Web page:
Dutton, Feb 2001, 24.95, 324 pp.
Seattle Times newspaper columnist Tracie Higgins laments how she only loves BAD BOYS, modern James Dean types that give mothers cardiac arrest no matter how old you are. Her latest boyfriend is a loser, user, and abuser, but Tracie wants him anyway.
Hi-tech genius Jonathan Delano is a good boy, a James Stewart who mothers want to adopt as their son. He does everything correctly for the good of society not just himself. Women adore Jon, but not in bed. He loathes being considered a "nice guy" and wants a piece of the BAD BOY action.
At their weekly breakfast, Tracie explains to Jon her ten rules of bad boyism that leads to scoring with women. She helps her best friend change from dweeb-city to ultra cruel and crude male, but begins to wonder what she has wrought. She wants the old Jon to return as she realizes she loves him, but he is into scoring, not relationships.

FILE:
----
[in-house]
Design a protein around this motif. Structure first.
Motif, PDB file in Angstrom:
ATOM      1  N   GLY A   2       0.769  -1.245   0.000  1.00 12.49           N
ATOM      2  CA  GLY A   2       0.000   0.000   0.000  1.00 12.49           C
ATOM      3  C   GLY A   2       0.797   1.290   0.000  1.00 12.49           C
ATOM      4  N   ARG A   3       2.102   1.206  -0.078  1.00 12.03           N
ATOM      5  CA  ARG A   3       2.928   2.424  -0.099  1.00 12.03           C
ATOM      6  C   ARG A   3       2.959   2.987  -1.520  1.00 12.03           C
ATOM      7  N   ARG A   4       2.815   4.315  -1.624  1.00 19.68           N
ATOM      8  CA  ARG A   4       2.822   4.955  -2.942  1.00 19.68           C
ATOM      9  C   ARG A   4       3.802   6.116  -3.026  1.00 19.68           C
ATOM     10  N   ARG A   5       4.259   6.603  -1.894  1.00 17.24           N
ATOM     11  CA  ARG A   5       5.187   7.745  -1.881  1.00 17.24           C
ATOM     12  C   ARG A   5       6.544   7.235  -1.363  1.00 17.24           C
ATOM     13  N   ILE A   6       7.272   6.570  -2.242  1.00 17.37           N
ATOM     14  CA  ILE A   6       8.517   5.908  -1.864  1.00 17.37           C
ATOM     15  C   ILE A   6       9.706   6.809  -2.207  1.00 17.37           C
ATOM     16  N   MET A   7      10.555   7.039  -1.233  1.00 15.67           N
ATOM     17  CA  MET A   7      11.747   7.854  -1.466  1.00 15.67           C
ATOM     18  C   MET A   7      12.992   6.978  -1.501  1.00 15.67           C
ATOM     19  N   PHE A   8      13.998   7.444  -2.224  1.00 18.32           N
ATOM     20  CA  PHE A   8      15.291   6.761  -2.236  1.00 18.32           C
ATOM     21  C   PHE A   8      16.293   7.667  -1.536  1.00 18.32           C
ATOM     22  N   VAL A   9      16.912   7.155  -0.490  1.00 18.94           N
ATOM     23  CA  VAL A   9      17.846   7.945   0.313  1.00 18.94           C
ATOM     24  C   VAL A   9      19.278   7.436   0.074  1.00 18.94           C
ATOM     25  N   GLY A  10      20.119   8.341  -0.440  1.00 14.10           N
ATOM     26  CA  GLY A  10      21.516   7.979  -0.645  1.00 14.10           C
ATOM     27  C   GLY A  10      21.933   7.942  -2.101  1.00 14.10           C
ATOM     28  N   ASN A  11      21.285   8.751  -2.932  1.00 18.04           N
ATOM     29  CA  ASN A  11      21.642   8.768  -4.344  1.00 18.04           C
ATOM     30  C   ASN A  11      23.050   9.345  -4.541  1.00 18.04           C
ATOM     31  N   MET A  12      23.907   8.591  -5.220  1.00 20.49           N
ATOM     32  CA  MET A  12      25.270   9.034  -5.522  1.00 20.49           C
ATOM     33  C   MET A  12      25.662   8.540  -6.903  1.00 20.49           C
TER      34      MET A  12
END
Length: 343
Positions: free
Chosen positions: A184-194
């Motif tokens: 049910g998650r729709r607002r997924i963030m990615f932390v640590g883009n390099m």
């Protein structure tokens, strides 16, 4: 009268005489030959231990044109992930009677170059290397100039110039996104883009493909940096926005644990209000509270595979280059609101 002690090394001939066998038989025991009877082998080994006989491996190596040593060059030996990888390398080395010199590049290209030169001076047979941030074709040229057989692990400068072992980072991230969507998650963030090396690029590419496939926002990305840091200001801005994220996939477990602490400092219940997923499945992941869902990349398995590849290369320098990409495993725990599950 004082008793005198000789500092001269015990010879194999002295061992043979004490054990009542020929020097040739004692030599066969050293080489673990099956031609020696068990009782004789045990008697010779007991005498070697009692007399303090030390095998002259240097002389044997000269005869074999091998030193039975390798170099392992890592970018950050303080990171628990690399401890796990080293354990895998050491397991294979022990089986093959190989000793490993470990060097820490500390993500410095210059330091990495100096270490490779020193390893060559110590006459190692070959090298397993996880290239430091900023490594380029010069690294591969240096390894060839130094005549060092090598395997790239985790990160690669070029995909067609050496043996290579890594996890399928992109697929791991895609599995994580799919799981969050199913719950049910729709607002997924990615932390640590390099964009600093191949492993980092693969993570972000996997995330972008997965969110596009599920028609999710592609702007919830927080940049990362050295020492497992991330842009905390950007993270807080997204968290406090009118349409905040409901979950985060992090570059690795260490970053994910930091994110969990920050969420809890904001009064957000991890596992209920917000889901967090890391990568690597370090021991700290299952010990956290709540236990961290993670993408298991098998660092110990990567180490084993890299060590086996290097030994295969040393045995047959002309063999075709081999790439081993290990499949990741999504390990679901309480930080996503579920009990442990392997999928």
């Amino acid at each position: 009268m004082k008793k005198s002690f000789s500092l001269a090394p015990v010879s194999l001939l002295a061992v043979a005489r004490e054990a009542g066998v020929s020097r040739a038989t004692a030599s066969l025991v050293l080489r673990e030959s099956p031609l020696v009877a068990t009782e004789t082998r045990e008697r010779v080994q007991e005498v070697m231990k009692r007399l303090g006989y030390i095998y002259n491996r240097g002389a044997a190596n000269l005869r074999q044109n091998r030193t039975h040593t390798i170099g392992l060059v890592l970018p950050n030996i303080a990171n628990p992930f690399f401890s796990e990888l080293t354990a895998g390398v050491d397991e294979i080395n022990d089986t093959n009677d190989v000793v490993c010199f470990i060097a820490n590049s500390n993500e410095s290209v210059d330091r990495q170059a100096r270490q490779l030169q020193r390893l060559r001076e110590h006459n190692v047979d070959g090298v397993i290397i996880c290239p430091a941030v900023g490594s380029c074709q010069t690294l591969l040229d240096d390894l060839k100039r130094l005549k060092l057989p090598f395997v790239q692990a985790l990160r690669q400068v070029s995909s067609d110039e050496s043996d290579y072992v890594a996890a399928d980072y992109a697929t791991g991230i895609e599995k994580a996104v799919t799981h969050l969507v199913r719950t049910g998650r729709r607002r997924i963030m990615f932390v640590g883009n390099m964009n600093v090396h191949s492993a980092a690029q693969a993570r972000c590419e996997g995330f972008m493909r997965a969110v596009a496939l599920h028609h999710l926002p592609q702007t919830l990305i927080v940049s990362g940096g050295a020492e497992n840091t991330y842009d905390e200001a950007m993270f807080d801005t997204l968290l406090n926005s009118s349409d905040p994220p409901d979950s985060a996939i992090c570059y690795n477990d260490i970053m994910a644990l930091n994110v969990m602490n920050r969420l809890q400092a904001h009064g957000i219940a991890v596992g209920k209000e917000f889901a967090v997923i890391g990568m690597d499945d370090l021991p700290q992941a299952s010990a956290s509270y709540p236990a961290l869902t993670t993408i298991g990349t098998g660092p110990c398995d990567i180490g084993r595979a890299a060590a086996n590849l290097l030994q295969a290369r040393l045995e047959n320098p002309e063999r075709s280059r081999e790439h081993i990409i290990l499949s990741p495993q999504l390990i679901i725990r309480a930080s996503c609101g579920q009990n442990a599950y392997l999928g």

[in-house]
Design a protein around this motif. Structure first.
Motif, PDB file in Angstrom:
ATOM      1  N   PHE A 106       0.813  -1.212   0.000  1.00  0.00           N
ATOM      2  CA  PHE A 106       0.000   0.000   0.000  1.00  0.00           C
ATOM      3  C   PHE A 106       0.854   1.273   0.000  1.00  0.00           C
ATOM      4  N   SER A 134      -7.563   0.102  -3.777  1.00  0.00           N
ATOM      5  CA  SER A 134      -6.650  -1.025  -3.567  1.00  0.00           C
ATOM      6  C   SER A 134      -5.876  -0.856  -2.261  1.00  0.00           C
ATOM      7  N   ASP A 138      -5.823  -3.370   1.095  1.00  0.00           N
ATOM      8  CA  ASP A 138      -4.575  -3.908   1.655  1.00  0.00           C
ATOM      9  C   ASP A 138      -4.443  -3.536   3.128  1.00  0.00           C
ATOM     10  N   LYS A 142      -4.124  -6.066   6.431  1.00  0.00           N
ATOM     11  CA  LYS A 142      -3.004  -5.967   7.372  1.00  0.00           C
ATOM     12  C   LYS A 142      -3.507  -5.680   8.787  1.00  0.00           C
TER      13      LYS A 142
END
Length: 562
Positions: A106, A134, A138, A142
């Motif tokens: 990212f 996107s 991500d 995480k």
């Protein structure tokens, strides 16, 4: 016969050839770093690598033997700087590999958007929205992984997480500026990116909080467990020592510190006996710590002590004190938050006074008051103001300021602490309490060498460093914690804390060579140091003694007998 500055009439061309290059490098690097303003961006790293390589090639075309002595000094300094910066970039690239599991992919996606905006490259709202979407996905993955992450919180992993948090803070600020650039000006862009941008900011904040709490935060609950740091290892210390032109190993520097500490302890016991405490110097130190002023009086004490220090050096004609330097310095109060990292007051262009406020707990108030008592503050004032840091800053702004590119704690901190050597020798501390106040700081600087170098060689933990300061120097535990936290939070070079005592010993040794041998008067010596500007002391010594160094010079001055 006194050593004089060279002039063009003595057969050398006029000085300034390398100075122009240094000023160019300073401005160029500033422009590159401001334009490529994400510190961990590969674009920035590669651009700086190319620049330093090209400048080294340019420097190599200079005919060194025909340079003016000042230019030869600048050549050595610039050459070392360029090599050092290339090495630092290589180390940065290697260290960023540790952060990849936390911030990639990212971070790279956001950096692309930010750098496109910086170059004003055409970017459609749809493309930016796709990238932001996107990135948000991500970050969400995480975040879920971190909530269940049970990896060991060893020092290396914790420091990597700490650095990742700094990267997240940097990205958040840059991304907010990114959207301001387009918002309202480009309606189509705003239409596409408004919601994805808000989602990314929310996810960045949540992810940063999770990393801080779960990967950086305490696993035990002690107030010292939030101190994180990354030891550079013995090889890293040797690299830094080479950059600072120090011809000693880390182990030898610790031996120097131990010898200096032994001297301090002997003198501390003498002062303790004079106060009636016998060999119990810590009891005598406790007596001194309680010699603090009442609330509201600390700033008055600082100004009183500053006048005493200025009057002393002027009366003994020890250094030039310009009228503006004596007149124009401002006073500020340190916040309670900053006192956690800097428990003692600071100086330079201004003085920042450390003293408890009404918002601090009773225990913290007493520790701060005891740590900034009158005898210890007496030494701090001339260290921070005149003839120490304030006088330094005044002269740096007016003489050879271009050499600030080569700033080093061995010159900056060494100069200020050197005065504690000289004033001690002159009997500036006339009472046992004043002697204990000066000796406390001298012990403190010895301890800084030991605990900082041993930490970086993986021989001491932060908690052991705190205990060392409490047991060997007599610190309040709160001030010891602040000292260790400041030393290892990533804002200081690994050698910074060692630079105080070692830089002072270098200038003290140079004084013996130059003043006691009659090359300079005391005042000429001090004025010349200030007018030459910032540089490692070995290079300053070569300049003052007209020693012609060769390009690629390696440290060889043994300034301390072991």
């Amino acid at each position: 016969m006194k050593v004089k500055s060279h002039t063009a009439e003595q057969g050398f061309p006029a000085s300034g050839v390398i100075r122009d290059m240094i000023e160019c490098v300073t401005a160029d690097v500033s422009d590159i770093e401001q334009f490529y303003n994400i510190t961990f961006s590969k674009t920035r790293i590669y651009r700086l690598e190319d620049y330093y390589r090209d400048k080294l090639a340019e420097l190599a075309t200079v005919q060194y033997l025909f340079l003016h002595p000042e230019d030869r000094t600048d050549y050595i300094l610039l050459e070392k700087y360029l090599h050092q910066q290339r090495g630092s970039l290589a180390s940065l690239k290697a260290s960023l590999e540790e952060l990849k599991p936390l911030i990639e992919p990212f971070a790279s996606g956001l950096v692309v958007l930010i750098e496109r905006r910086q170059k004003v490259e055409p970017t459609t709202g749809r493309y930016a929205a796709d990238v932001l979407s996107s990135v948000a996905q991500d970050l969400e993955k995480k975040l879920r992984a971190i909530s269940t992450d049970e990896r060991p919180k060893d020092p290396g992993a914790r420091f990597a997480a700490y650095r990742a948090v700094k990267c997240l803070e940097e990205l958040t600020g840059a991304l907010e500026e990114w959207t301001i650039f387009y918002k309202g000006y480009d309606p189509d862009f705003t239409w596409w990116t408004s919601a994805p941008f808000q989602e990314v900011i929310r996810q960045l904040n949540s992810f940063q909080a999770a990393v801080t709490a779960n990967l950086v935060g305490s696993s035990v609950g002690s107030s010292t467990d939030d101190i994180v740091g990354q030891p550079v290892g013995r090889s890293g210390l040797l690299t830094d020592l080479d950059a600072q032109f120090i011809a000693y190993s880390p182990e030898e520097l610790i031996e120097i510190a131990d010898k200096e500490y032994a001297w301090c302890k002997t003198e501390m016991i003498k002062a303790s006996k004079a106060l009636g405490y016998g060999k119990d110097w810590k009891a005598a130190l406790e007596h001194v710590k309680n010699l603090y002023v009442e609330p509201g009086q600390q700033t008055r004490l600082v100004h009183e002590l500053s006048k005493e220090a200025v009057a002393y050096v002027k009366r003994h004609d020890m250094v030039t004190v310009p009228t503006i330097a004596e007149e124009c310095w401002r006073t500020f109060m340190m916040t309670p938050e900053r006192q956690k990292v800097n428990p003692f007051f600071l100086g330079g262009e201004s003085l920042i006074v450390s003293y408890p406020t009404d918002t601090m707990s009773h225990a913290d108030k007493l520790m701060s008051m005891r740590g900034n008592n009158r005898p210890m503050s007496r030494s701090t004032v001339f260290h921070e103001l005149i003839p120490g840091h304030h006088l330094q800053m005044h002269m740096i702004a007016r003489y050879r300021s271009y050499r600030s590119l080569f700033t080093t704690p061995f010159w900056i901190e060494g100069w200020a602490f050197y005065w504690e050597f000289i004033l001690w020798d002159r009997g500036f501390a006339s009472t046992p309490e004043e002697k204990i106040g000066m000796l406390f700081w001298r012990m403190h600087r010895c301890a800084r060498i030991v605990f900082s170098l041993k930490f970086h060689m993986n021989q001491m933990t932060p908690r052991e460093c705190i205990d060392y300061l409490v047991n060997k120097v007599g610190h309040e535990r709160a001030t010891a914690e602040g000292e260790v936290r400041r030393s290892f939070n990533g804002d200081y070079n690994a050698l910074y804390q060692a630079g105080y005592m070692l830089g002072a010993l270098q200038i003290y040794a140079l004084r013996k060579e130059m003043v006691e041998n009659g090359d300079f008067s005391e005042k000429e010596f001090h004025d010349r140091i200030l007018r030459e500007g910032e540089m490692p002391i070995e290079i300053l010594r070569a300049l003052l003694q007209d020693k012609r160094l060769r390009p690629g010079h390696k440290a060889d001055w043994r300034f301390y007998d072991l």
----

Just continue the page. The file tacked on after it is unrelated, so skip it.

BAD BOY is an entertaining, often humorous relationship drama. The story line is very amusing as all the support cast is stereotyped to a satirical extreme. The metamorphosis of Jon is quite funny as he still fumbles and bumbles with women, but succeeds due to his new attire, haircut, and occasional shave. In a facetious romantic tale, Olivia Goldsmith satirizes the hi-tech relationship world with a modern take of Carlyle's clothing theory of nineteenth century industrial man.
This report prepared by Harriet Klausner